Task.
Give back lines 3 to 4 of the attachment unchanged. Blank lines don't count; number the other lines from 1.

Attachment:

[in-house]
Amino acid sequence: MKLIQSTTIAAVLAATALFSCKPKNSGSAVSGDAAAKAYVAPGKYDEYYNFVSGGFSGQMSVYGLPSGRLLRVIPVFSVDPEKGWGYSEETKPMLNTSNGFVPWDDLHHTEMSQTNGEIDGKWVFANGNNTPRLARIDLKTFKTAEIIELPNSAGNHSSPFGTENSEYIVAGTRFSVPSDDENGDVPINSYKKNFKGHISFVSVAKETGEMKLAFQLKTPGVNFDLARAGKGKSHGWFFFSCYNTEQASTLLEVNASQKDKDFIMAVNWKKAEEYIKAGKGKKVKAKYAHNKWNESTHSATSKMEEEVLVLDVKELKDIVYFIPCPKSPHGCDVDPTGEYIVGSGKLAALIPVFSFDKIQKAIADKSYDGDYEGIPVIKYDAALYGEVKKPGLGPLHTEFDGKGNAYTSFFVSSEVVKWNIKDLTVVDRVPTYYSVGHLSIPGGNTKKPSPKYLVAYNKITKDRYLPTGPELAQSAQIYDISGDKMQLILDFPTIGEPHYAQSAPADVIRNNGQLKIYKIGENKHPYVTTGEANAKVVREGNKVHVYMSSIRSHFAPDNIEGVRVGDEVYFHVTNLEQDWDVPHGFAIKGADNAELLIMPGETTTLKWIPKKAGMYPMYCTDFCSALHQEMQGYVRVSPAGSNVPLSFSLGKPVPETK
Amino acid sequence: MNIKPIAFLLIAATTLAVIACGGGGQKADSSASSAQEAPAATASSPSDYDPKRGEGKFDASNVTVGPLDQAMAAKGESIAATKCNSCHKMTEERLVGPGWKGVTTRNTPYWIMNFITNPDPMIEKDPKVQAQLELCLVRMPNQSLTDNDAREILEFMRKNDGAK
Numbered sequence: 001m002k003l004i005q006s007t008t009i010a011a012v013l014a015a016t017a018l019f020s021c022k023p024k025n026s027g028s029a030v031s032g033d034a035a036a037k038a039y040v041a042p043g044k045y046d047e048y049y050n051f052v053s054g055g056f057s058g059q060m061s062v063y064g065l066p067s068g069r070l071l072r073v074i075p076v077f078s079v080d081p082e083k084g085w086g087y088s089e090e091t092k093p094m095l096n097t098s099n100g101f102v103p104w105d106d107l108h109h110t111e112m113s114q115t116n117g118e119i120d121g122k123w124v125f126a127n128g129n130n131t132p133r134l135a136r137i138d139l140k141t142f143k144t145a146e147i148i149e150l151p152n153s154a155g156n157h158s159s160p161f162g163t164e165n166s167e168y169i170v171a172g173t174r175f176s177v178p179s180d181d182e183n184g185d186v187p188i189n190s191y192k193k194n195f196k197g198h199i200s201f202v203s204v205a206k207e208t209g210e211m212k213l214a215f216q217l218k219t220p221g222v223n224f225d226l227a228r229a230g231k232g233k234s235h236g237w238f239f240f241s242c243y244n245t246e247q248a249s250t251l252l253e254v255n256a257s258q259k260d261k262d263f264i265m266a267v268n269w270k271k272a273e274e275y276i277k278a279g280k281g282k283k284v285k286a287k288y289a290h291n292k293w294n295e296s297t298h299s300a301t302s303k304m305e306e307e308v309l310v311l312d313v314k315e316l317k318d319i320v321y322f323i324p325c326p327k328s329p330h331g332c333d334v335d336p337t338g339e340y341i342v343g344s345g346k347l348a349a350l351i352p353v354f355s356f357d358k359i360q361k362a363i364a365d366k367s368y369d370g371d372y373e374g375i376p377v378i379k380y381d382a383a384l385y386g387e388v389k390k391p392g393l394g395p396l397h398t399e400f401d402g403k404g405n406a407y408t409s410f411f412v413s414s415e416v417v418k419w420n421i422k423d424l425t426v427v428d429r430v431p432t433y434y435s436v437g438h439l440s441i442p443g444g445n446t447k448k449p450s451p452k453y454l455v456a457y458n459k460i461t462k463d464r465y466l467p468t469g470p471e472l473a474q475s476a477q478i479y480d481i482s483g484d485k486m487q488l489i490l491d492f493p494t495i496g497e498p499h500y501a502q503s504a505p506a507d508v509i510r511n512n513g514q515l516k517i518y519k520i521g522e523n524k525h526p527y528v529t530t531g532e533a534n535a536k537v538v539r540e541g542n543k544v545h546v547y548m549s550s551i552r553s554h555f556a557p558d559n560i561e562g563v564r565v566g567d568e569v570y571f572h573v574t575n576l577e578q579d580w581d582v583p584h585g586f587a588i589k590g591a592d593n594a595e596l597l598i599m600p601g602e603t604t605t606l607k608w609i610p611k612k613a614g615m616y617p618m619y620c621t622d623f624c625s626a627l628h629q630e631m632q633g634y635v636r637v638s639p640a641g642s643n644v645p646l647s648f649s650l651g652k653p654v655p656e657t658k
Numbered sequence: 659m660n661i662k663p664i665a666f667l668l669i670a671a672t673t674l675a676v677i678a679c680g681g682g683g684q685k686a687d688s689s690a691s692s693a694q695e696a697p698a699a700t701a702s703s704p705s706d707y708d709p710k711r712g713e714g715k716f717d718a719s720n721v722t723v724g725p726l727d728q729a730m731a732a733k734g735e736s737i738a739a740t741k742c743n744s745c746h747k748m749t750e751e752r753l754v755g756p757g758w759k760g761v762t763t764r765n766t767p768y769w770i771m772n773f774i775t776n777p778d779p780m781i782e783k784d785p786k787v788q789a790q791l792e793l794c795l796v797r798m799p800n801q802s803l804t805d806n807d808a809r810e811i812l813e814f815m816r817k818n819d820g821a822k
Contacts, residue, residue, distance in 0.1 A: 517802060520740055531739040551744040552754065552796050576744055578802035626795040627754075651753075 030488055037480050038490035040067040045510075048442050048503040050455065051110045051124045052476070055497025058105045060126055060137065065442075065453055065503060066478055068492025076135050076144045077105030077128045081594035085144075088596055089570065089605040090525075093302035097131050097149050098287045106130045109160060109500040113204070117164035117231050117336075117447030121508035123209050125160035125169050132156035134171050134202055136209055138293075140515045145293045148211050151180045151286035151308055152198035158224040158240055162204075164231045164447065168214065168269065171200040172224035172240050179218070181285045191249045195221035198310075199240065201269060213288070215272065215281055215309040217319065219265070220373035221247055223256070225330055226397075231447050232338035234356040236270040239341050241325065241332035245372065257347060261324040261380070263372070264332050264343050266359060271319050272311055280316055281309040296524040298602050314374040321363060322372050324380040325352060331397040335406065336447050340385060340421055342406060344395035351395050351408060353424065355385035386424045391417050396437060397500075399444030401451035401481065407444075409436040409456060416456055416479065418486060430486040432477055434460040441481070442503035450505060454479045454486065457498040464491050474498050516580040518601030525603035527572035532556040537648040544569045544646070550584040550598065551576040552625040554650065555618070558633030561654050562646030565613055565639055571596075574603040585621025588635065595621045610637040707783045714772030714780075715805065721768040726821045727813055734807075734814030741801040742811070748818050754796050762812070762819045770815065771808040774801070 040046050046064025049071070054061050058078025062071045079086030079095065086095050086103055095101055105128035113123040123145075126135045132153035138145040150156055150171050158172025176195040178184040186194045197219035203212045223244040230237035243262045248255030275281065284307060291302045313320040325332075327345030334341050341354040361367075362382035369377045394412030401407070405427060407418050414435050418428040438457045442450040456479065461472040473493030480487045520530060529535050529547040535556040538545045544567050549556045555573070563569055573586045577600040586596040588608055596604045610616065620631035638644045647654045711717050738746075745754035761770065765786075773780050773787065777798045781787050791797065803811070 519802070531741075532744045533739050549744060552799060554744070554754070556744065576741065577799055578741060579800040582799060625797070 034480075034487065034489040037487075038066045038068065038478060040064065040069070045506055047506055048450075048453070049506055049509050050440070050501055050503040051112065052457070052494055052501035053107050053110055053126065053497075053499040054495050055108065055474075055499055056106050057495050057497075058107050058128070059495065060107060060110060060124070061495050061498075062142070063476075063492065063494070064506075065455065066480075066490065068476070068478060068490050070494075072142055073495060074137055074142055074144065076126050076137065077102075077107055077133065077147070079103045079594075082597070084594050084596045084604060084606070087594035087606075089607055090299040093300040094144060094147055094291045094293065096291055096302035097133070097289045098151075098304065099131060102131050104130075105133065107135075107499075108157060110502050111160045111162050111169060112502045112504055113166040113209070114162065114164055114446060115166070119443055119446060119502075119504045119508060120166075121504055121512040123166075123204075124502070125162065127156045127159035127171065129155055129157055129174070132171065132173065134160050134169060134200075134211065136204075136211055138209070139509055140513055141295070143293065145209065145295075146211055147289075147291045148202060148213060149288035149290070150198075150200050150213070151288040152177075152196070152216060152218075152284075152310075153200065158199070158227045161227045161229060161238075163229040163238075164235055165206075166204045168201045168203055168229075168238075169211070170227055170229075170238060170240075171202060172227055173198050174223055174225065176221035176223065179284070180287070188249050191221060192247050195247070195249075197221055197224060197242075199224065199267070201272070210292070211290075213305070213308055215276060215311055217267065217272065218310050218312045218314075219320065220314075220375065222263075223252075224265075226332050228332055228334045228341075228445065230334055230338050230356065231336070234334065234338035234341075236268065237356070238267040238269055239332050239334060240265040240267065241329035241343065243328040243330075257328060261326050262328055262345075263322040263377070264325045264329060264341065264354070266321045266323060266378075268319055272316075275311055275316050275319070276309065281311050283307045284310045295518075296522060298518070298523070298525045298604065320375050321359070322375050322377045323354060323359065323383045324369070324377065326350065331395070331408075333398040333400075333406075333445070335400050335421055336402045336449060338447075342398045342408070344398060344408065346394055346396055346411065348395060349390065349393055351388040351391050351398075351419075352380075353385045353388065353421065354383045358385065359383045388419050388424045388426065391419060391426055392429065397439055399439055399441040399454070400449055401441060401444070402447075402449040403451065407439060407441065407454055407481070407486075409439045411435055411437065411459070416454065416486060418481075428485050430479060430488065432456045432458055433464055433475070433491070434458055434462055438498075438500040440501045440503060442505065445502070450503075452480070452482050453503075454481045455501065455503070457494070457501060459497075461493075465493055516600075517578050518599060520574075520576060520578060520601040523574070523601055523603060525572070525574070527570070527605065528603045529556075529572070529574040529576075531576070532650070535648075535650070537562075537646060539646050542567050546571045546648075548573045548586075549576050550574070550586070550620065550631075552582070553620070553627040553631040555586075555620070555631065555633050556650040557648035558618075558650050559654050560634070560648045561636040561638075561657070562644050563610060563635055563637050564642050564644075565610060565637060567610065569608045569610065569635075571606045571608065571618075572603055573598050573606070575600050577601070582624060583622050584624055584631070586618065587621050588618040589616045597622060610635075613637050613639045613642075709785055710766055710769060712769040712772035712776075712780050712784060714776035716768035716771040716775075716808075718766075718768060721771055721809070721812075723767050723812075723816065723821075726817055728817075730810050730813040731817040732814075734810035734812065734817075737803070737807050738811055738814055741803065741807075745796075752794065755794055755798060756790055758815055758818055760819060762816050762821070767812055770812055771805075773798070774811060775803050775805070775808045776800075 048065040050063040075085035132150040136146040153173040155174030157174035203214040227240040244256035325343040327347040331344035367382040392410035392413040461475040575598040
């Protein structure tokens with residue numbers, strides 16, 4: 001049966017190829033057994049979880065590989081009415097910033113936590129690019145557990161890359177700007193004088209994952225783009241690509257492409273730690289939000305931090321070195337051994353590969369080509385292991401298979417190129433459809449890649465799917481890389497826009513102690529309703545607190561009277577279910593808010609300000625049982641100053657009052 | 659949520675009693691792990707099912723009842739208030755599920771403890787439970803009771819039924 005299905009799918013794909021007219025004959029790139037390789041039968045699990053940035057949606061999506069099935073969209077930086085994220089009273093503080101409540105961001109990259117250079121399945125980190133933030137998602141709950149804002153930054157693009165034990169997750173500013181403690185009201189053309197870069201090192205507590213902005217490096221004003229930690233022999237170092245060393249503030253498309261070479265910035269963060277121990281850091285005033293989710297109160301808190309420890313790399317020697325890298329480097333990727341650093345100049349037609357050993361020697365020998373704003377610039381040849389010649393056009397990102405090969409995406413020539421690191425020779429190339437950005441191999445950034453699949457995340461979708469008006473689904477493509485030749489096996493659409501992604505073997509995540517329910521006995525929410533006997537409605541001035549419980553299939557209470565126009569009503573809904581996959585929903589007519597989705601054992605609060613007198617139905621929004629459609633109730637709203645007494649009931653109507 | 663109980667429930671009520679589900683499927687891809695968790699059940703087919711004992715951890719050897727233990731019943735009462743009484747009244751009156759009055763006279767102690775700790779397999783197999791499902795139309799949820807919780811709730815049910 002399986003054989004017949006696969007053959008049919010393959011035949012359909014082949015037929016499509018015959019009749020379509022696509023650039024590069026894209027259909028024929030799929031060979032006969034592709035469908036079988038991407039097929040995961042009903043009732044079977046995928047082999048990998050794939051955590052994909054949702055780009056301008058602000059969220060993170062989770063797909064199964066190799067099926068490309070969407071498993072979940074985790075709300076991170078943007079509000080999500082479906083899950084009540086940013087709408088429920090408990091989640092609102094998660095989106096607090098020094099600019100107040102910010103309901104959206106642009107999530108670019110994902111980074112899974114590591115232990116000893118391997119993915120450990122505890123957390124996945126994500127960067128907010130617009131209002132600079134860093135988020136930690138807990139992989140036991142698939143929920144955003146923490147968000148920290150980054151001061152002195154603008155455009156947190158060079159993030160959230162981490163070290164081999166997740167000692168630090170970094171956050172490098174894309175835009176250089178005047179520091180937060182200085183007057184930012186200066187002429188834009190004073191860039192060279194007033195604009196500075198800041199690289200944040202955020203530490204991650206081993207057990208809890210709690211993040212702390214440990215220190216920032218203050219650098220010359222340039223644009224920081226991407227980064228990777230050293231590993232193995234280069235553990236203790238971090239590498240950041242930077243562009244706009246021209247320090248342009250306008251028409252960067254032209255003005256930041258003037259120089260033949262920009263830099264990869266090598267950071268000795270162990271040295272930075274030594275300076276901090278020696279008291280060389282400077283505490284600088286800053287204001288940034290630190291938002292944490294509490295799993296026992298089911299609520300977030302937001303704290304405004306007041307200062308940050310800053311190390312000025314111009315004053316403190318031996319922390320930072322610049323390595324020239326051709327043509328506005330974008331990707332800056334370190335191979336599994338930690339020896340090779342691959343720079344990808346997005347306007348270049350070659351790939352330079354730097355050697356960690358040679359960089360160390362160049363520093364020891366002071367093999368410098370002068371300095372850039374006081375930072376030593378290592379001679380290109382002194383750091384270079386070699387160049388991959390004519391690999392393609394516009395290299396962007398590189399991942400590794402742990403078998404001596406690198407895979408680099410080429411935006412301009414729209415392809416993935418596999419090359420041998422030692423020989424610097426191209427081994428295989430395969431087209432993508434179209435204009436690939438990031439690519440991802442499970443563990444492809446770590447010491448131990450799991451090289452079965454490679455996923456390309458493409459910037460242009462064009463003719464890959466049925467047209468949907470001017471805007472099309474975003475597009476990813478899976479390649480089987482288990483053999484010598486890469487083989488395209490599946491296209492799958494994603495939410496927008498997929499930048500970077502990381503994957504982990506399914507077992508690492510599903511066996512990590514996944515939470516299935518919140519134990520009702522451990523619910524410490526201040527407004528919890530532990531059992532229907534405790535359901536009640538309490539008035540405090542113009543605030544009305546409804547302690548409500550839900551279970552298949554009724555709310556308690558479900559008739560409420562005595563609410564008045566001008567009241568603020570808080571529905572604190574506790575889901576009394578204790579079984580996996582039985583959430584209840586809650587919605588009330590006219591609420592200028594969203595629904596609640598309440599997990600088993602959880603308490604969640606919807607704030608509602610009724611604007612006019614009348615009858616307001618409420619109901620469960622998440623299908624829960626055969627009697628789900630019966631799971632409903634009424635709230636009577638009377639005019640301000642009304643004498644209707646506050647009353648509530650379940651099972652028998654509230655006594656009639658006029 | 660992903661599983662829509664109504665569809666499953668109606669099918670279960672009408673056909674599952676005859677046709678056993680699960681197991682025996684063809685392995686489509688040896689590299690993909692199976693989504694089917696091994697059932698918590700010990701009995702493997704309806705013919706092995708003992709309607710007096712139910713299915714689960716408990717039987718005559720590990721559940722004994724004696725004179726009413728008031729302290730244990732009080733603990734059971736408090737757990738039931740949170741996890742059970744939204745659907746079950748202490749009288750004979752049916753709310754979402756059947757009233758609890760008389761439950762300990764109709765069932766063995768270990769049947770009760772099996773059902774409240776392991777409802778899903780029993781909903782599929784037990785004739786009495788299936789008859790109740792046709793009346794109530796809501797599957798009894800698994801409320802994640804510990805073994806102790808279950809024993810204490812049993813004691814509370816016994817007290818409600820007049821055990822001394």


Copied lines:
Amino acid sequence: MNIKPIAFLLIAATTLAVIACGGGGQKADSSASSAQEAPAATASSPSDYDPKRGEGKFDASNVTVGPLDQAMAAKGESIAATKCNSCHKMTEERLVGPGWKGVTTRNTPYWIMNFITNPDPMIEKDPKVQAQLELCLVRMPNQSLTDNDAREILEFMRKNDGAK
Numbered sequence: 001m002k003l004i005q006s007t008t009i010a011a012v013l014a015a016t017a018l019f020s021c022k023p024k025n026s027g028s029a030v031s032g033d034a035a036a037k038a039y040v041a042p043g044k045y046d047e048y049y050n051f052v053s054g055g056f057s058g059q060m061s062v063y064g065l066p067s068g069r070l071l072r073v074i075p076v077f078s079v080d081p082e083k084g085w086g087y088s089e090e091t092k093p094m095l096n097t098s099n100g101f102v103p104w105d106d107l108h109h110t111e112m113s114q115t116n117g118e119i120d121g122k123w124v125f126a127n128g129n130n131t132p133r134l135a136r137i138d139l140k141t142f143k144t145a146e147i148i149e150l151p152n153s154a155g156n157h158s159s160p161f162g163t164e165n166s167e168y169i170v171a172g173t174r175f176s177v178p179s180d181d182e183n184g185d186v187p188i189n190s191y192k193k194n195f196k197g198h199i200s201f202v203s204v205a206k207e208t209g210e211m212k213l214a215f216q217l218k219t220p221g222v223n224f225d226l227a228r229a230g231k232g233k234s235h236g237w238f239f240f241s242c243y244n245t246e247q248a249s250t251l252l253e254v255n256a257s258q259k260d261k262d263f264i265m266a267v268n269w270k271k272a273e274e275y276i277k278a279g280k281g282k283k284v285k286a287k288y289a290h291n292k293w294n295e296s297t298h299s300a301t302s303k304m305e306e307e308v309l310v311l312d313v314k315e316l317k318d319i320v321y322f323i324p325c326p327k328s329p330h331g332c333d334v335d336p337t338g339e340y341i342v343g344s345g346k347l348a349a350l351i352p353v354f355s356f357d358k359i360q361k362a363i364a365d366k367s368y369d370g371d372y373e374g375i376p377v378i379k380y381d382a383a384l385y386g387e388v389k390k391p392g393l394g395p396l397h398t399e400f401d402g403k404g405n406a407y408t409s410f411f412v413s414s415e416v417v418k419w420n421i422k423d424l425t426v427v428d429r430v431p432t433y434y435s436v437g438h439l440s441i442p443g444g445n446t447k448k449p450s451p452k453y454l455v456a457y458n459k460i461t462k463d464r465y466l467p468t469g470p471e472l473a474q475s476a477q478i479y480d481i482s483g484d485k486m487q488l489i490l491d492f493p494t495i496g497e498p499h500y501a502q503s504a505p506a507d508v509i510r511n512n513g514q515l516k517i518y519k520i521g522e523n524k525h526p527y528v529t530t531g532e533a534n535a536k537v538v539r540e541g542n543k544v545h546v547y548m549s550s551i552r553s554h555f556a557p558d559n560i561e562g563v564r565v566g567d568e569v570y571f572h573v574t575n576l577e578q579d580w581d582v583p584h585g586f587a588i589k590g591a592d593n594a595e596l597l598i599m600p601g602e603t604t605t606l607k608w609i610p611k612k613a614g615m616y617p618m619y620c621t622d623f624c625s626a627l628h629q630e631m632q633g634y635v636r637v638s639p640a641g642s643n644v645p646l647s648f649s650l651g652k653p654v655p656e657t658k